They were very close before Jill realised they were they and pointed them out excitedly. Some of the Storks had moved across to this field too and were joined by opportunistic gulls. The increasing concentration of birds of differing species now at the end of the field heated up the competition for available food somewhat, and squabbles began to break out, mostly caused by gulls harassing Ibis. I caught a picture of a Black-headed gull chasing an Ibis in flight, with what appears to be a crayfish in its beak.

A Glossy Ibis pursued by a Black-headed Gull
Resting White Storks and Glossy Ibis
A hunting Cattle Egret, beginning to show breeding colours
The clever Cattle Egret carried his prize across the road to the privacy of the reeds on the far side of the riverbank

There were other hunters in the vicinity too, a Cattle Egret stalked the field behind a mud bank and secured himself a juicy frog which he promptly carried off to consume behind a screen of reeds on the far side of the river.

We had other sightings from our front-row spot in front of the Stork spectacle too; a lone Green Sandpiper foraged along the edge of the field, we had some distant views of a Marsh Harrier and a brief glimpse of a Purple Gallinule amongst the reeds of the riverbank. Two Corn Buntings landed on top of a bush by the side of the track and were joined there by a little Fan-tailed Warbler. It’s amazing how time flies when you’re absorbed in watching birds! We suddenly realised that we had been in the same spot for an hour or more and had still only had very distant views of Cranes. There had been no sign of the Black-winged Kite either, so we set off hoping to rectify that.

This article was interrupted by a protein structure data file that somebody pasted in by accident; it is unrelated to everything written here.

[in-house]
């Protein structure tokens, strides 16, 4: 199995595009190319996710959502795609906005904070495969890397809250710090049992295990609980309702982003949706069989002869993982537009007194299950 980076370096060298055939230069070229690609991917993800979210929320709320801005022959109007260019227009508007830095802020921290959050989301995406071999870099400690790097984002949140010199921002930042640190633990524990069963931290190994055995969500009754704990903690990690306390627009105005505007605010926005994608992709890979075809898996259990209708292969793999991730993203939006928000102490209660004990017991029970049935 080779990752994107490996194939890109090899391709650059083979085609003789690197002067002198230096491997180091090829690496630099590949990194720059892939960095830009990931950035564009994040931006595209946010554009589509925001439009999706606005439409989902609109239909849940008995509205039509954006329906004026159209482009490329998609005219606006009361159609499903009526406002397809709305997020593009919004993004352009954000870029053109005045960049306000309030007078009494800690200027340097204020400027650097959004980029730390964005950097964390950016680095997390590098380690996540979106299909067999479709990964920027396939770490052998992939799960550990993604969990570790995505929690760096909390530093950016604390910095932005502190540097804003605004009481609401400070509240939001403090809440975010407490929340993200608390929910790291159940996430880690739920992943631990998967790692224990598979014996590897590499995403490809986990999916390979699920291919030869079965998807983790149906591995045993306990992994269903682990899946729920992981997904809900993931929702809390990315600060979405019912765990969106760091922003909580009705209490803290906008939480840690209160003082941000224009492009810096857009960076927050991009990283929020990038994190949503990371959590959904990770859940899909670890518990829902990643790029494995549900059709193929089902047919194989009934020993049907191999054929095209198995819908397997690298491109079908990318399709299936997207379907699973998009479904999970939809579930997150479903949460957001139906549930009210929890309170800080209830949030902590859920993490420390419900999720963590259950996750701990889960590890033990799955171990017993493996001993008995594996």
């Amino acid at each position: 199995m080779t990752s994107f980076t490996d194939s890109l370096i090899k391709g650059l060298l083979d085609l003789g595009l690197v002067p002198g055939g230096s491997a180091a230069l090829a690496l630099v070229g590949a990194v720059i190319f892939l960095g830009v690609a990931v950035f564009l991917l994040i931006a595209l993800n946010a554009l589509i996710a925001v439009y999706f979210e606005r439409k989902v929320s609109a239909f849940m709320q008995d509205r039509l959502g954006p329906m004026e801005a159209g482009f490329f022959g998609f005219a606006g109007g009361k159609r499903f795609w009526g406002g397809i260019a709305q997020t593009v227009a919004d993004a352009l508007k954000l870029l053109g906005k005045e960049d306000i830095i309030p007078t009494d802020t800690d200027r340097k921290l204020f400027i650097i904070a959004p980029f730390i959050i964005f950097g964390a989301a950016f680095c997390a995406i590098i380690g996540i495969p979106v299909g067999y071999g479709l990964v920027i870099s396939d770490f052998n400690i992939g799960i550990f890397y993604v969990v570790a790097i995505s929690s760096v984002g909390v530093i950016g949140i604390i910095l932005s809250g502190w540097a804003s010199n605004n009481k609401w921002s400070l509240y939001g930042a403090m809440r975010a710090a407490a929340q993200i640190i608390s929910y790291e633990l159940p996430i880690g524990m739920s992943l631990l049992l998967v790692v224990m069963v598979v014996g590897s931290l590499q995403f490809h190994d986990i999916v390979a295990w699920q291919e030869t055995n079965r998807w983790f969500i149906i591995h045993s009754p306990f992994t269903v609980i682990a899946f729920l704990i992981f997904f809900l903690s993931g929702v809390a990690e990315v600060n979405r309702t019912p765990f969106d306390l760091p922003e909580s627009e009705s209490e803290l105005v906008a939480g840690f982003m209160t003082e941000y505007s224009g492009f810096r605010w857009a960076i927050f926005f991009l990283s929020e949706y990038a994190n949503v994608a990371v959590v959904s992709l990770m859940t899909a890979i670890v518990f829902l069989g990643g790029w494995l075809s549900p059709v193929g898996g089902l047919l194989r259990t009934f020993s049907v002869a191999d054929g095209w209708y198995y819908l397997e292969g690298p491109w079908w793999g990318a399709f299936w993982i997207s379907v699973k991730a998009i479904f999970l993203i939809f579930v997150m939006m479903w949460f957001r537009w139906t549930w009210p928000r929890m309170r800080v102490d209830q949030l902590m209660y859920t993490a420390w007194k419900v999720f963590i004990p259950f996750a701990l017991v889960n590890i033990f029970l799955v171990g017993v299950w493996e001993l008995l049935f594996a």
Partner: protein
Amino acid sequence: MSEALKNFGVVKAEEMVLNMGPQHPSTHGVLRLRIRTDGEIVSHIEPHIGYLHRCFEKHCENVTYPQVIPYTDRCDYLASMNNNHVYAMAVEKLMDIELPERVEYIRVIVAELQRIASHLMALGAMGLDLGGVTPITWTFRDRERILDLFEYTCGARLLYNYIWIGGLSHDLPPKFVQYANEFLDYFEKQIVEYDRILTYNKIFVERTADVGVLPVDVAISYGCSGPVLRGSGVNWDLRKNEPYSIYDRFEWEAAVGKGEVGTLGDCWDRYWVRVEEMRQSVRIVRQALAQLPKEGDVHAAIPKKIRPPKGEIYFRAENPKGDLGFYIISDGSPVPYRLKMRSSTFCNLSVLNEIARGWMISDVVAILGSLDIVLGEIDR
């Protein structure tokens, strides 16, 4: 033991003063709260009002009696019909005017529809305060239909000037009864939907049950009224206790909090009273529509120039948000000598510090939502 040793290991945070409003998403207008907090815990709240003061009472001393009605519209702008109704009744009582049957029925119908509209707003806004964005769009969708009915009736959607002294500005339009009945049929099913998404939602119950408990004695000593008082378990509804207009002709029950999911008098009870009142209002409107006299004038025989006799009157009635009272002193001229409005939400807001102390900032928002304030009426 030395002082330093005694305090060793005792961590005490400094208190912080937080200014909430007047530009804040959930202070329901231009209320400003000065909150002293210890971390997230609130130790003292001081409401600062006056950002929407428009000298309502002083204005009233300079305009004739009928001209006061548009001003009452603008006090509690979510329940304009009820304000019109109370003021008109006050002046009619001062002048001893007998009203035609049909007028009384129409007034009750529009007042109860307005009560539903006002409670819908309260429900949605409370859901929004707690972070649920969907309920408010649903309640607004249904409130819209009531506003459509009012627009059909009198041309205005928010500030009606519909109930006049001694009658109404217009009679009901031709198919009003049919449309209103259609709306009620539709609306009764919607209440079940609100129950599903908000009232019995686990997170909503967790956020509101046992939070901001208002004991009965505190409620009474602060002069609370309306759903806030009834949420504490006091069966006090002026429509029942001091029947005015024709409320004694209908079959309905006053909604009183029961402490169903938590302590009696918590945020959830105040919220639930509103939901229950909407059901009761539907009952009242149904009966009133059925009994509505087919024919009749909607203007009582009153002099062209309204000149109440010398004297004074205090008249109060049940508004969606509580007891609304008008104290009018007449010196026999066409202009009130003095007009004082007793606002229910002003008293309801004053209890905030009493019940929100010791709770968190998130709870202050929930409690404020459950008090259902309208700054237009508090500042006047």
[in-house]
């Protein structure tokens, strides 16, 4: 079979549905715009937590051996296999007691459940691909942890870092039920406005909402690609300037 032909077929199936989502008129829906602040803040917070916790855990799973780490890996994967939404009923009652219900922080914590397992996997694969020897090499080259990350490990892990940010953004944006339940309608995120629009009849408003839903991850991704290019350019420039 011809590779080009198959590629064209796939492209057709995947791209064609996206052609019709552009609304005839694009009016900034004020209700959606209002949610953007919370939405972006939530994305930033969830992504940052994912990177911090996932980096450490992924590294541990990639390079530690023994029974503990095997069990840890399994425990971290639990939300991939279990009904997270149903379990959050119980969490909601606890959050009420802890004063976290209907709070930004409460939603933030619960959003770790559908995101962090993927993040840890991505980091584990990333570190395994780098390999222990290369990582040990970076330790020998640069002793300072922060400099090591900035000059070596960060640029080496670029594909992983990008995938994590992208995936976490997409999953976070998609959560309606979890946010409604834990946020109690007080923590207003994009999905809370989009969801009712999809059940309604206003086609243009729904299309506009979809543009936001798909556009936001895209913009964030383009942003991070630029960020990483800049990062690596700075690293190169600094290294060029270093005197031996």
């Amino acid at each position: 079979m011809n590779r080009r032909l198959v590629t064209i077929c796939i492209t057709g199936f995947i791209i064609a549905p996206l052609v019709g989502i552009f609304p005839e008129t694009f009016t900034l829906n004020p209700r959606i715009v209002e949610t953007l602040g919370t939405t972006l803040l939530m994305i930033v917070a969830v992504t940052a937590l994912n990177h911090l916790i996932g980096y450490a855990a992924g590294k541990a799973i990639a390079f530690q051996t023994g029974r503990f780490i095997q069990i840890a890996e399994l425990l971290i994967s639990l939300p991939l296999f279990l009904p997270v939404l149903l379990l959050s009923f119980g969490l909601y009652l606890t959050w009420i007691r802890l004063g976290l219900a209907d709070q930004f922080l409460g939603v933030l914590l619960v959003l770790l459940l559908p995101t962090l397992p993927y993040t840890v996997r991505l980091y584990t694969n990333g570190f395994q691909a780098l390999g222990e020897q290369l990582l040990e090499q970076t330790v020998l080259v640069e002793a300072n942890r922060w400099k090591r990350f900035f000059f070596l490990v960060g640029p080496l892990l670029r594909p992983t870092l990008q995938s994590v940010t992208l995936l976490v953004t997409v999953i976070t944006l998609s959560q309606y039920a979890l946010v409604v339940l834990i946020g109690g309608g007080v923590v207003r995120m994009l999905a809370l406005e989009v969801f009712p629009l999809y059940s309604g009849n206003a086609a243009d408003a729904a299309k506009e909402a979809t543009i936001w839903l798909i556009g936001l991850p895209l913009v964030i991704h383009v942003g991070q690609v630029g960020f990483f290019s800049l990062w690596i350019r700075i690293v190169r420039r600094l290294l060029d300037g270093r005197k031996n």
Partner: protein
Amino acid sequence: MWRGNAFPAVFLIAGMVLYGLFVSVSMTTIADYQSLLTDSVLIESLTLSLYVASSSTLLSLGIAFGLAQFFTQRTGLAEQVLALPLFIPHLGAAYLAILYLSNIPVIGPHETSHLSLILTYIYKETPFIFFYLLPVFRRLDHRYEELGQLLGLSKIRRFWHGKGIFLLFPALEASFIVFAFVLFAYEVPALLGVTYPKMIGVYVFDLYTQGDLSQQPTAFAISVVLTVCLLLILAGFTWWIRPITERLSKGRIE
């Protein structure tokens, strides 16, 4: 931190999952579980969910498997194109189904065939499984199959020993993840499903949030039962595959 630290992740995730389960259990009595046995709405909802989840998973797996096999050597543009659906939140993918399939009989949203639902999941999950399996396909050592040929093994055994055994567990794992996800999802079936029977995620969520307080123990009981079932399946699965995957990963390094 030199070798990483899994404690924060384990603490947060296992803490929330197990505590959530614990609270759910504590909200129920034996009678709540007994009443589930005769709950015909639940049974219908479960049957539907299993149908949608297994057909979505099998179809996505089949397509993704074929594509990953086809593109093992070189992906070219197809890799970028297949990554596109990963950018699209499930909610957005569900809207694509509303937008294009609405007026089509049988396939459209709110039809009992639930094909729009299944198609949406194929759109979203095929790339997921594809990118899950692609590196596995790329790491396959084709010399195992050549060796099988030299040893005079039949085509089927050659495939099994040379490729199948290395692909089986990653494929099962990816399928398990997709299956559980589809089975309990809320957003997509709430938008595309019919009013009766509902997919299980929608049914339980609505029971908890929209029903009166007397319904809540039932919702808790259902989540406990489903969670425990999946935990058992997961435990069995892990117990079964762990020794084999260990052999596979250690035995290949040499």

A flock of Common Cranes flew across the track in front of us and landed in a stubble field.

We didn’t have to travel far along the road before we had our Cranes – a flock of 14 birds flew low over the track in front of us and obligingly alighted elegantly in a stubble field.

Common Cranes landing in a stubble field.